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If you are feeling a bit exhausted as 2019 comes to a close, you aren’t alone. It has been a busy year on the world scene. A seemingly unending parade of summits, crises, and protests have dominated the news. Below is my list of the top ten world events of the year, listed in ascending order. You may want to read what follows closely. Several of these stories will continue into 2020.
10. North Korea-U.S. Nuclear Talks Stall. Donald Trump made history on June 30 when he became the first sitting U.S. president to set foot in North Korea. The meeting in the Demilitarized Zone came four months after Trump and Chairman Kim Jong-un met in Hanoi. Neither meeting produced much progress. Trump said he cut the Hanoi Summit short because North Korea “wanted the [U.S.] sanctions lifted in their entirety and we couldn’t do that.” At the June 30 meeting, Trump and Kim agreed to resume nuclear negotiations. It wasn’t until October 1, however, that the two countries agreed on the specifics for talks, and just hours after striking that agreement North Korea launched a ballistic missile in violation of UN resolutions. Negotiators met on October 5, but the talks ended after eight hours with no agreement. In early December, Pyongyang warned the United States would have to decide “what Christmas gift it will select to get.” The last “gift” Pyongyang gave Washington was a nuclear test on July 4, 2017. As 2019 came to a close, no progress had been made in containing, let alone dismantling, North Korean’s nuclear weapons program. The prospects for 2020 aren’t any better.
9. Brexit Upends British Politics. The United Kingdom ended 2019 with clarity about Brexit, but it took a turbulent journey to get there. The year started with the country facing a March 29 deadline for leaving the European Union (EU). Prime Minister Theresa May chose that date but couldn’t persuade the House of Commons to approve the deal she struck with the EU. The main sticking point was the “backstop” provision, which avoided creating a customs barrier in the middle of the Irish Sea but saddled Britain with EU custom rules. May was forced to delay Brexit until October 31, and then resigned after the House of Commons voted down her deal three times. Boris Johnson won a Conservative Party vote and became prime minister on July 24. He struck a new deal that swapped the backstop for a customs barrier between Northern Ireland and the rest of the United Kingdom. He tried a variety of debatable tactics to push the deal through Parliament before the Halloween deadline. None of them worked. Forced to extend the withdrawal deadline to January 31, 2020, Johnson called a snap election. British voters rewarded him; the Conservatives won their biggest victory in more than three decades. On December 20, Parliament voted overwhelmingly to exit the EU by January 31.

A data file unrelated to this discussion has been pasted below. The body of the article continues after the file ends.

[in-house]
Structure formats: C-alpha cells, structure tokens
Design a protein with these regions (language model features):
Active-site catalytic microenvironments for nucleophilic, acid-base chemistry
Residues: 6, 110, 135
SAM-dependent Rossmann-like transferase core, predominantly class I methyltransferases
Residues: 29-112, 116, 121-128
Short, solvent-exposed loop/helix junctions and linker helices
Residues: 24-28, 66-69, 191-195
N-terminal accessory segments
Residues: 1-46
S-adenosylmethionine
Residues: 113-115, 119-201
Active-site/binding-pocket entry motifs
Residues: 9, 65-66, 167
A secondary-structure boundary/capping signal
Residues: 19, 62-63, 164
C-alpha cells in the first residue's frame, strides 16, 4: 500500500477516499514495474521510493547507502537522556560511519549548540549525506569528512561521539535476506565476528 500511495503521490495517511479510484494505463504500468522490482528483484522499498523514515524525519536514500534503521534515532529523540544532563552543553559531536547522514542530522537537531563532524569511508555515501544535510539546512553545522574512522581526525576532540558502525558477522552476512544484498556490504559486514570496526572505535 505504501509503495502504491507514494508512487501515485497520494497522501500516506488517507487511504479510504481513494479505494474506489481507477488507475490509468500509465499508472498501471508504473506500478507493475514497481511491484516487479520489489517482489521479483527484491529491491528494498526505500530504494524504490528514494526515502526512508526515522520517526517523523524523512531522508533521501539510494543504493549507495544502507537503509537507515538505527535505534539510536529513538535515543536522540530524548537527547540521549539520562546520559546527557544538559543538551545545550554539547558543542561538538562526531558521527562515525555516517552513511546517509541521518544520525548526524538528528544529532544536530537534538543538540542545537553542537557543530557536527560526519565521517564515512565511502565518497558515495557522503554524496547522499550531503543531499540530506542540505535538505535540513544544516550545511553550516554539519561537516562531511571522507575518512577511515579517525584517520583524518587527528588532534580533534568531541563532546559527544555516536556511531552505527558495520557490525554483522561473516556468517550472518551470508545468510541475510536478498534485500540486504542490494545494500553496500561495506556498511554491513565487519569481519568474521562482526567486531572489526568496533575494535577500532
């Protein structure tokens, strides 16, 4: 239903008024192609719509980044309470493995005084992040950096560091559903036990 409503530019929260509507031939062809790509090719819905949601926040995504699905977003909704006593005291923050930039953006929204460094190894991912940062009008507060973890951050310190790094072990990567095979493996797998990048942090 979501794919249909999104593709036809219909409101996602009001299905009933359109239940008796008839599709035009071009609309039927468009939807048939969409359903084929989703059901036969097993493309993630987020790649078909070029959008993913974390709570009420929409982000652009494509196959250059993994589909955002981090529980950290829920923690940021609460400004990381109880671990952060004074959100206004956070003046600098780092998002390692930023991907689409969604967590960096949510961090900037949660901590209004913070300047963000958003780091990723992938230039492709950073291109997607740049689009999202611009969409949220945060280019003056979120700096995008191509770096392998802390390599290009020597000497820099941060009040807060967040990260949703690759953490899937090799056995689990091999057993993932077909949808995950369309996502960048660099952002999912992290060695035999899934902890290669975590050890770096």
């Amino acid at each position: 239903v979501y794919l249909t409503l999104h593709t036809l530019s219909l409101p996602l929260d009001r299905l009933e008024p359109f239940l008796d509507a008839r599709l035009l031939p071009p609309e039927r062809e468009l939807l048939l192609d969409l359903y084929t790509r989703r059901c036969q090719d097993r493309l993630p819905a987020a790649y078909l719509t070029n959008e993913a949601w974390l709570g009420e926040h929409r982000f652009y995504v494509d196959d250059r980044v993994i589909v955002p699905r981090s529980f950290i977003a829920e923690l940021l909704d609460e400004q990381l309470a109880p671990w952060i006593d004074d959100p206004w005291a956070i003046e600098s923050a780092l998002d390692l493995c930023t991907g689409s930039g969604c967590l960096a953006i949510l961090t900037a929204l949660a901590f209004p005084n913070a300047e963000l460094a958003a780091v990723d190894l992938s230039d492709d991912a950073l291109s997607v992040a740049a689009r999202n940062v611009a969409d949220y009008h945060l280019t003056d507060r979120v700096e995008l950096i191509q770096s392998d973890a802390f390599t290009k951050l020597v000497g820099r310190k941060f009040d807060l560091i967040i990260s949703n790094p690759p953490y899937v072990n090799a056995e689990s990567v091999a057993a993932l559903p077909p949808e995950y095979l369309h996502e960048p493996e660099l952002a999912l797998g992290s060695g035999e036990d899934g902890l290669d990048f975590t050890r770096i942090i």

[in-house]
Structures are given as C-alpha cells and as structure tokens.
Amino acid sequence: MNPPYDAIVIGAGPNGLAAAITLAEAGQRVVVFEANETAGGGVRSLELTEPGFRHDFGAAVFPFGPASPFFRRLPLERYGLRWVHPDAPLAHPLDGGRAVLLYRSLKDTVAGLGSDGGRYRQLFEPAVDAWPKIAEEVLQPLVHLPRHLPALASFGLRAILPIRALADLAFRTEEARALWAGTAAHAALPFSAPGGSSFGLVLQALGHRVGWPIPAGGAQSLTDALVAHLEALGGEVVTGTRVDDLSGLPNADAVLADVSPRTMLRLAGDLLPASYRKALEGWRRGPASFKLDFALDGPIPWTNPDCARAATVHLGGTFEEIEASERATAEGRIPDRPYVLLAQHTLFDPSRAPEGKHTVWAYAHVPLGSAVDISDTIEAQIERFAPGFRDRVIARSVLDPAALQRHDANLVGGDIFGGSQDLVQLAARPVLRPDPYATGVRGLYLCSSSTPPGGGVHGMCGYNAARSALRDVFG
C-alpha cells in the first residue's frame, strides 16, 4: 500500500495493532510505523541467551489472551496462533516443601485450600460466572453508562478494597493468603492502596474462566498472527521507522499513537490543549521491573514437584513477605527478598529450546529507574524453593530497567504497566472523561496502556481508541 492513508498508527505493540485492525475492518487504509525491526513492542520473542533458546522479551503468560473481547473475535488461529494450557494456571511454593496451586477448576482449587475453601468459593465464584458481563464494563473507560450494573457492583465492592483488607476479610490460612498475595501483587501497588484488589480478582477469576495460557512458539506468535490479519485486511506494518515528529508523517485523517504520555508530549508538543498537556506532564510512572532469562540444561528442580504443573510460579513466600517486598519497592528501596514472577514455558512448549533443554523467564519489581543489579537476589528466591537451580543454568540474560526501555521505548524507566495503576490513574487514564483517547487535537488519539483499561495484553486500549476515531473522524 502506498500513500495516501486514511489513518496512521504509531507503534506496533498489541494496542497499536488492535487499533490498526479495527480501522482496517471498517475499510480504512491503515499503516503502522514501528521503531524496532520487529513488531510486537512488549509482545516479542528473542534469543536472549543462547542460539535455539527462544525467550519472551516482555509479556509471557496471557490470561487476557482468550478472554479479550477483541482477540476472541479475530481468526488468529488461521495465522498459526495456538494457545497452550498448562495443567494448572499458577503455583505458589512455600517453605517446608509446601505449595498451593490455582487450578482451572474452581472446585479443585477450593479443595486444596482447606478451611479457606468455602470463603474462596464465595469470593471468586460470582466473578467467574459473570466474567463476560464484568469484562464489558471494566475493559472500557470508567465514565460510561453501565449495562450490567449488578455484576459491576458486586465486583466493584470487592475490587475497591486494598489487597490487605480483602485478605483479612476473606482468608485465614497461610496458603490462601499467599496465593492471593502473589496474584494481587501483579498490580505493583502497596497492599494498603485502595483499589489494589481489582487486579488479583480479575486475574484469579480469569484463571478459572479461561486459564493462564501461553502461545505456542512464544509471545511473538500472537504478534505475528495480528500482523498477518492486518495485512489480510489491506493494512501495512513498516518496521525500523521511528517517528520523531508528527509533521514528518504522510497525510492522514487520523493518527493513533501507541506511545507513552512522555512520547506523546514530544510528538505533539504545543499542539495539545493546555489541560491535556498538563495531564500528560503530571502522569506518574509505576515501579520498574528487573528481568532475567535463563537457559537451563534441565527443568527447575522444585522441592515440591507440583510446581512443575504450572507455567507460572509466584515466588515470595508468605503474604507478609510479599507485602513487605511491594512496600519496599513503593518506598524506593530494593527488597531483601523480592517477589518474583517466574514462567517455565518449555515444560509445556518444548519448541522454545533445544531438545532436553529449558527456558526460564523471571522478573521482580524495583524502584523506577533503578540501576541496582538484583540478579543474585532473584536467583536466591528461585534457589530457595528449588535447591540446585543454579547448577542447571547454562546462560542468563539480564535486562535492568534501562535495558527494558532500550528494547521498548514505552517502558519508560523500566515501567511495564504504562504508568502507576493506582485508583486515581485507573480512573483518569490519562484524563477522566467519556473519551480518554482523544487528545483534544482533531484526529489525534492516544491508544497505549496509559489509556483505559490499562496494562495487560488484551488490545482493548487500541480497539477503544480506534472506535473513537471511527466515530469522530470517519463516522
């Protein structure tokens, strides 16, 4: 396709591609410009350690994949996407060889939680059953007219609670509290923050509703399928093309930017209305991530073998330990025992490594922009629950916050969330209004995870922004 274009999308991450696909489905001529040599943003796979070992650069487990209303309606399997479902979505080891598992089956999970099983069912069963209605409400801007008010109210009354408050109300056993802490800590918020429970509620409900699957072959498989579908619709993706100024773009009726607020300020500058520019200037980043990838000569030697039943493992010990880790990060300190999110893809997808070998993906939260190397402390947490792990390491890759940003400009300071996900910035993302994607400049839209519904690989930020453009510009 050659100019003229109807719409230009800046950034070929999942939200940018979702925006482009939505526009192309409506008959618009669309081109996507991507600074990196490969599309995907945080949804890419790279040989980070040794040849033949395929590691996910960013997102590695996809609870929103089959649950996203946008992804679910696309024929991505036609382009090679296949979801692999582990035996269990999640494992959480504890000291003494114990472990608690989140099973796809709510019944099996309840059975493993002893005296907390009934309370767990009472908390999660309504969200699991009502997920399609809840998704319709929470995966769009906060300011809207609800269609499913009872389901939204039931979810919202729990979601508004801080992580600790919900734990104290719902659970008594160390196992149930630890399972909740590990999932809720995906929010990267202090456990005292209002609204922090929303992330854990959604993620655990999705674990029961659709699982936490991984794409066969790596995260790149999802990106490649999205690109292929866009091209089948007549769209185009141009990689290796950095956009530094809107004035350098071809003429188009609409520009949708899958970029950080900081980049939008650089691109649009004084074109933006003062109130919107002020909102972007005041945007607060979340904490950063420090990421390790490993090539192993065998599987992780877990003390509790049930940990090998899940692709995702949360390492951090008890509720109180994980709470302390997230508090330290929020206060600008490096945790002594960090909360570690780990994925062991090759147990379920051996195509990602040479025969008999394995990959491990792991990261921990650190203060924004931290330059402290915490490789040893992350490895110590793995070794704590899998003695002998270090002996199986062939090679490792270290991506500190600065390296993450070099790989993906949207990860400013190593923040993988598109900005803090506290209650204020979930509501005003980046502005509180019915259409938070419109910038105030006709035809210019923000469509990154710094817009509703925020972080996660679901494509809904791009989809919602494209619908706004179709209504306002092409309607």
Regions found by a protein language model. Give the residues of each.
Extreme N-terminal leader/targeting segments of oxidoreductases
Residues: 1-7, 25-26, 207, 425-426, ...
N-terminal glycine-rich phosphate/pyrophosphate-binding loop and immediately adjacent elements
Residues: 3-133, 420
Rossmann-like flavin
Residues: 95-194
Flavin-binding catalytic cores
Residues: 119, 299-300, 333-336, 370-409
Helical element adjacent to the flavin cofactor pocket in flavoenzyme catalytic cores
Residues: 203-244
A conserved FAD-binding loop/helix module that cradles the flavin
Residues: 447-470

8. The U.S.-China Trade War Continues. Back in March 2018, President Donald Trump tweeted that “trade wars are good and easy to win.” That hasn’t been the case so far with his trade war with China. In February, Trump delayed imposing a new round of tariffs on Chinese goods in a bid to give negotiators time to strike a deal. In May, he concluded that the talks hadn’t progressed and imposed a new round of tariffs. In June, Trump and Chinese President Xi Jinping agreed at the G-20 summit to push ahead with trade talks. In August, however, Trump announced he would place tariffs on $300 billion worth of Chinese goods effective September 1. Twelve days later, he partially reversed course, saying he would delay half those tariffs until December 15. China wasn’t mollified; on August 23 it announced tariffs on $75 billion worth of U.S. goods. Negotiators continued to meet, and on October 11 they reached tentative agreement on a “Phase 1” deal. It took another two months, though, before the details were worked out. Both sides claimed victory. However, the agreement failed to settle the major differences between the two economic superpowers, suggesting that 2020 could be turbulent on the trade front.
7. The Central American Migrant Exodus Grows. The photo of the father and daughter from El Salvador who drowned trying to cross the Rio Grande in April symbolized a U.S. asylum process in crisis. The surge in asylum-seekers at the U.S. southern border has overwhelmed the system. Many of the asylum-seekers are fleeing violence and grinding poverty in El Salvador, Guatemala, and Honduras. Under U.S. law, anyone who reaches the U.S. border and can show a “credible fear” of persecution in their home country will be admitted into the United States while their asylum petition undergoes further review. That can take years. In March, the Trump administration pushed El Salvador, Guatemala, and Honduras to do more to keep migrants at home by freezing U.S. aid to all three countries, though some of that aid was restored in June. The administration also pressed Latin American countries to sign “safe third country” agreements requiring migrants to seek asylum in the countries they transit rather than in the United States. Critics complained that these countries lacked the resources to handle asylum claims. The U.S. Supreme Court ruled in September that the administration could deny asylum to most Central American migrants while legal challenges were being heard. At the core of these disputes are tough questions about who should be entitled to asylum in the United States.